Gold miners drilling in Ontario found a pocket of water from an ancient sea that’s been isolated underground for 1.5-2.5 billion years. Scientists are hoping that microbes could have survived there and evolved totally separate from the rest of life on Earth.
Archaeologists have debated the origins of the Bronze Age civilization on the Mediterranean island of Crete, but new DNA tests on remains found buried there show that the Minoans were likely of European descent, not African or Middle Eastern.
Lidar (sort of like radar, but with lasers!) is being used to comb the Honduran rainforests for the fabled lost city of Cuidad Blanca. Two areas have been found to show surface features consistant with known ruins, though the exact locations are being kept secret for now.
A construction crew digging up rocks to use in road-building has inadvertently destroyed a 2,300-year-old Mayan pyramid in Belize.
Most, if not all, of Australia’s ancient megafauna may have gone extinct due to localized climate change before humans even arrived on the continent. Hunting had been blamed for the demise of the giant creatures, but there’s no archaeological evidence that the first settlers had the tools necessary to bring down enormous prey, and many of the species had already disappeared from the fossil record.
Two new fossils have been found that show that apes and monkeys had diverged by 25.2 million years ago. The oldest previously known remains were only 20 million years old and the groups had already evolved apart by that time, so this new discovery helps us pinpoint even further when the initial divergence occurred.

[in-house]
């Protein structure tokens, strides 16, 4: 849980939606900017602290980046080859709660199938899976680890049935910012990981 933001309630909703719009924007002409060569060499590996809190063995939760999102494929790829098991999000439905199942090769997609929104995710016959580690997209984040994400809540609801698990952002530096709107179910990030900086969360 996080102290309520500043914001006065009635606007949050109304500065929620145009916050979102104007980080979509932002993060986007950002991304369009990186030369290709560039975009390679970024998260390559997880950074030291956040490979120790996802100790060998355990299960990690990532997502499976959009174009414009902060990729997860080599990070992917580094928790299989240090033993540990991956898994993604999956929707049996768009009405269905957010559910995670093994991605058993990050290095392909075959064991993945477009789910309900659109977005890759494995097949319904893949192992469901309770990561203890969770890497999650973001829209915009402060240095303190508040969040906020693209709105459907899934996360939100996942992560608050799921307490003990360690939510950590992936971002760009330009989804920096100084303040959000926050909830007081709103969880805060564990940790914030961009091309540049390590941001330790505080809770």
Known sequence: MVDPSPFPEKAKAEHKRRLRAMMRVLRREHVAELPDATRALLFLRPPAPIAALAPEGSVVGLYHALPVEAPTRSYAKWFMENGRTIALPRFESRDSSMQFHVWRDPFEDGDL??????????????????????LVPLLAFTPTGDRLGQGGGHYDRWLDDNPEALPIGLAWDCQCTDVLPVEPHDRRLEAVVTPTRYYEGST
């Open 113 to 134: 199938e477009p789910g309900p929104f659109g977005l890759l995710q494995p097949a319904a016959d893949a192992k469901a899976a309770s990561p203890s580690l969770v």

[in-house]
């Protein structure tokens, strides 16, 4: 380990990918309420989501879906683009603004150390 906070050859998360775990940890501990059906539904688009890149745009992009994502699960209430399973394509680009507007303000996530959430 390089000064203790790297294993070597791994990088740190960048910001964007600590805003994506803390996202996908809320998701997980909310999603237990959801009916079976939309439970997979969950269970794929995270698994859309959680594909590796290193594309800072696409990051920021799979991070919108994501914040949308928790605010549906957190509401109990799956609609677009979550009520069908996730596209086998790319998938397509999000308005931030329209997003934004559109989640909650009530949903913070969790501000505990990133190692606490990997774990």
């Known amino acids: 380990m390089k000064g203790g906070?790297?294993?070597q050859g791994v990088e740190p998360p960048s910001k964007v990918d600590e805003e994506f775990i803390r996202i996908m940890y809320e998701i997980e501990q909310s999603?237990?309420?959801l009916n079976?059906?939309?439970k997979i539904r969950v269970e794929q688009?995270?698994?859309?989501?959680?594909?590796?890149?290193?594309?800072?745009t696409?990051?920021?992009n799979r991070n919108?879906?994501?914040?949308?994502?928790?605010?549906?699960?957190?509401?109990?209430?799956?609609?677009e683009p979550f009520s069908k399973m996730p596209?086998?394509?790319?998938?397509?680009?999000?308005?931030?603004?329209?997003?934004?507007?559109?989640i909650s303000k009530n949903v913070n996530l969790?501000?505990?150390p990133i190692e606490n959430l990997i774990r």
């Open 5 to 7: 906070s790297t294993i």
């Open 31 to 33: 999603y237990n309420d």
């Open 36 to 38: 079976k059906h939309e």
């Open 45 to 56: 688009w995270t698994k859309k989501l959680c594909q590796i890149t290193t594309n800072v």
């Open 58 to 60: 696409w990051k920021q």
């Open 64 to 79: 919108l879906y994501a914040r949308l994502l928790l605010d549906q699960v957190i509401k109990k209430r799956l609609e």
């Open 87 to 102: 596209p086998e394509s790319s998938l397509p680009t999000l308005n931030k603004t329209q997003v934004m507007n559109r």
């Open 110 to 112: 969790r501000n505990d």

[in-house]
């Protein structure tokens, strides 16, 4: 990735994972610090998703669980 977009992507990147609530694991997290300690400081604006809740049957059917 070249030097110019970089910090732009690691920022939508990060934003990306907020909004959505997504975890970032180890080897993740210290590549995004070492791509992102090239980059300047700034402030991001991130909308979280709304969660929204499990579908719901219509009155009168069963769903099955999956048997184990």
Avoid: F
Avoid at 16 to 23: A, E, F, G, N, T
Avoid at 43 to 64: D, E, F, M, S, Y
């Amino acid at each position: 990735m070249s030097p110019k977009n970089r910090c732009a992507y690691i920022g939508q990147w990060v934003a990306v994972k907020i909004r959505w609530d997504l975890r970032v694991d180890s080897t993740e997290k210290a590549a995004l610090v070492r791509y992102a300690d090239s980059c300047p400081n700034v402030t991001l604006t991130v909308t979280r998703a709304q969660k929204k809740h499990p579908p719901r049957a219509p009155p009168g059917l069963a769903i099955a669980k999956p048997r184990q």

For the first time, scientists have used micro-CT scans to actually see how caterpillars turn into butterflies inside a chrysalis.
Human skin cells have finally been successfully reprogrammed into embryonic stem cells.
New research shows that women may have a longer average lifespan than men in part because women’s immune systems age slower.
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- This guy was swallowed by a freaking hippo and lived to tell the tale. (The story is a bit disturbing, so proceed with caution.)
- Nerdy fun: Phil Plait’s rundown of the six biggest science mistakes in the Star Trek universe.
- Wifi doesn’t actually make people sick, but it’s surprisingly easy to make people think that it does (and cause actual symptoms).
- Carl Zimmer explains how the BRCA mutations that cause cancer have managed to survive for so long in our genome – they make women more fertile.
- Check out these awesome pictures of the moon that capture the track a boulder made as it rolled downhill into a slight depression.
- One of the problems of psychological findings based on research that looks solely at WEIRD (Western, educated, from industrialized, rich, democratic countries) subjects, is that you can’t extrapolate assumptions about everyone else by using college students whose experiences aren’t representative of most people.
- Finally, check out the finalists and winners of the Science Seeker Awards, which honor the best science bloggers on the web. There are so many cool posts to check out!